Rates provide around half of Council’s income and this money pays for roads, stormwater and wastewater systems, water supply, libraries, parks and reserves and so on. The remaining income is generated from fees and charges, subsidies and grants, council investments and contributions made by developments that fund infrastructure to meet the needs of a growing community.
Your rates consist of three components, with around 30% of your total rates bill being calculated based on the capital value of your property:
- Uniform annual general charge (UAGC) – is a fixed amount billed to all properties (regardless of the property’s value).
- Targeted rates – are billed to each household for certain services or facilities that are available to the household. These include the likes of sewerage, waste collection and recreational spaces.
- General rates – are set and billed by dividing the remaining cost that has not be recovered (which is approximately 30% of the rates bill) through the UAGC, targeted rates and other Council income by the capital value of the districts properties. Each property will pay its share of this cost based on the capital value of their property.
The Council sets its rates annually after it has estimated the cost required to operate the Council and deliver services and facilities to the community.
What is the difference between Council’s rating valuation and a current market valuation?
A current market valuation provides you with a professional estimation from the registered valuer you have employed of how much, in their opinion, your property is worth in today's property market.
A Council rating valuation is undertaken by Council's valuation service provider to establish property values at a specific point in time to enable council rates to be apportioned, and excludes the value of chattels. Council currently arranges for revaluations to be conducted every three years, and hence a rating value is only an accurate measure of a property's relative value at the date of the current revaluation, which is currently 1 September 2021.
Can my rating valuation be amended between general valuations?
The rating valuation may be amended during the three-year period between revaluations because of one or more of the following:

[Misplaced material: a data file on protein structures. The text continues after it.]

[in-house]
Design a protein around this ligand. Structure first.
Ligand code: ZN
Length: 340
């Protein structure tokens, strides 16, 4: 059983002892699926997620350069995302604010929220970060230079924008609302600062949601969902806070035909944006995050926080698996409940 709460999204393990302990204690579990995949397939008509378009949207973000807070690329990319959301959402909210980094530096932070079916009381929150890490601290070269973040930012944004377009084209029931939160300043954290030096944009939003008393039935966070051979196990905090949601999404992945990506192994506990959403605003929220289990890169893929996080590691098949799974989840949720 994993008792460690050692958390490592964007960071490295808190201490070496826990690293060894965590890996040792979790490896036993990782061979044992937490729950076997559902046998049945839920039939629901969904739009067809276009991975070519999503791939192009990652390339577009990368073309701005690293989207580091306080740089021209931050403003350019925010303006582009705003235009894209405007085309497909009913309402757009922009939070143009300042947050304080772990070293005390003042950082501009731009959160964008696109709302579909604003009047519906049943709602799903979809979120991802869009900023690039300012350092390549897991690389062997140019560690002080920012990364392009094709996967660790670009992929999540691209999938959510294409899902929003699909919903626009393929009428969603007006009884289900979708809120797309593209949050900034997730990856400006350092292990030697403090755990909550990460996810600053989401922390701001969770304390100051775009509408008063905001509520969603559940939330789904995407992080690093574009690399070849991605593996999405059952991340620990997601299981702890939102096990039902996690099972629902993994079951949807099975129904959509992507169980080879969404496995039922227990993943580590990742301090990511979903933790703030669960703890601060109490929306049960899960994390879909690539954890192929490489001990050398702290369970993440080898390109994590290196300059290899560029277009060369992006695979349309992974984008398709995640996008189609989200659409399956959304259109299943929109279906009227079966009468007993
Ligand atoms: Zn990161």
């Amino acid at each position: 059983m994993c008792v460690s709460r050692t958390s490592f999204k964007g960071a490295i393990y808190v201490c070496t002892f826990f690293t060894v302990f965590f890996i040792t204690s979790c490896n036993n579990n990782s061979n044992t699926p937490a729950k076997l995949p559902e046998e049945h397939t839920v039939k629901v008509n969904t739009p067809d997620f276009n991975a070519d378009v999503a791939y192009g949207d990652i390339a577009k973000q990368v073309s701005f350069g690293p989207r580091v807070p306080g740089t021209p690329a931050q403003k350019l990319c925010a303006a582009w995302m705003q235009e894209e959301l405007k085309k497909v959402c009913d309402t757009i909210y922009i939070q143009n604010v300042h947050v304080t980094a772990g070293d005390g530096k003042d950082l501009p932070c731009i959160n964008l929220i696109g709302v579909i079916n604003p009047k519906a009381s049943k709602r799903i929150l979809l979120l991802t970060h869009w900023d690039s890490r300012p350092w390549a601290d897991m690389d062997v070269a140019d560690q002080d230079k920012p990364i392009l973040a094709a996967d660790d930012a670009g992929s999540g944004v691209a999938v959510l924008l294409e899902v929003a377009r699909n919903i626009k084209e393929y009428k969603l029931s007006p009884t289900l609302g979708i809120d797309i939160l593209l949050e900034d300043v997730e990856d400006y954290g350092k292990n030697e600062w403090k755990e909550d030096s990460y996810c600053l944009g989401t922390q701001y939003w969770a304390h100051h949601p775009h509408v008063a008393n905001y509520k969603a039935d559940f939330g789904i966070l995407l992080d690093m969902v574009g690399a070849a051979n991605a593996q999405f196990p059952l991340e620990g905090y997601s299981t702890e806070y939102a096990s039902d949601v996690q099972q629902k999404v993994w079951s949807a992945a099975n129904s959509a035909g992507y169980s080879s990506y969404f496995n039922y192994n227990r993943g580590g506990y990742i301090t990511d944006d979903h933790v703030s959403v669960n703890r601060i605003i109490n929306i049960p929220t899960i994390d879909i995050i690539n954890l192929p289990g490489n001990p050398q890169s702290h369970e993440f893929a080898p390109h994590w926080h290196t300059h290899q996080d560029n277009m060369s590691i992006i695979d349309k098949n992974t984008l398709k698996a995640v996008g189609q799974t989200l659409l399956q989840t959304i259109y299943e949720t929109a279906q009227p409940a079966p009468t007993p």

- Any works affecting the land value
- Any change in the boundaries of a local authority
- Any extraordinary event affecting property values
- Any change in the provisions of an operative district plan
- Any subdivision, amalgamation, or resurvey of the land
- Any improvements being added to or removed from the land
- Any errors or omissions
By requesting a new value as at the date of the last revaluation under Section 16 of the Rating Valuation Act 1998.
What if I have undertaken additions or renovations to my property since the last general valuation?
If you have an addition or alteration to your property that requires a building consent, our valuers will automatically be advised of this by our building consenting team. This may or may not result in a change to your value.
If you have made renovations (that did not require a building consent) and want to make sure QV is aware of your changes, the best way to do this is to use Quotable Value’s UpdatemyProperty service.
Once Quotable Value are made aware of any renovations completed, your valuation will be updated prior to the next rating year, so it’s important ratepayers use this service to keep their rating value up-to-date and accurate.
What should I do if I disagree with the latest rating valuation of my property?
Ratepayers have the right to object to their rating valuations. These objections allow valuers to assess individual components which may not have been considered in the mass-appraisal process.
Objections must be lodged with Quotable Value by 17 March 2022. Visit QV’s website for more information. If you need assistance, please give QV’s revaluation team a call on 0800 787 284 or email email@example.com.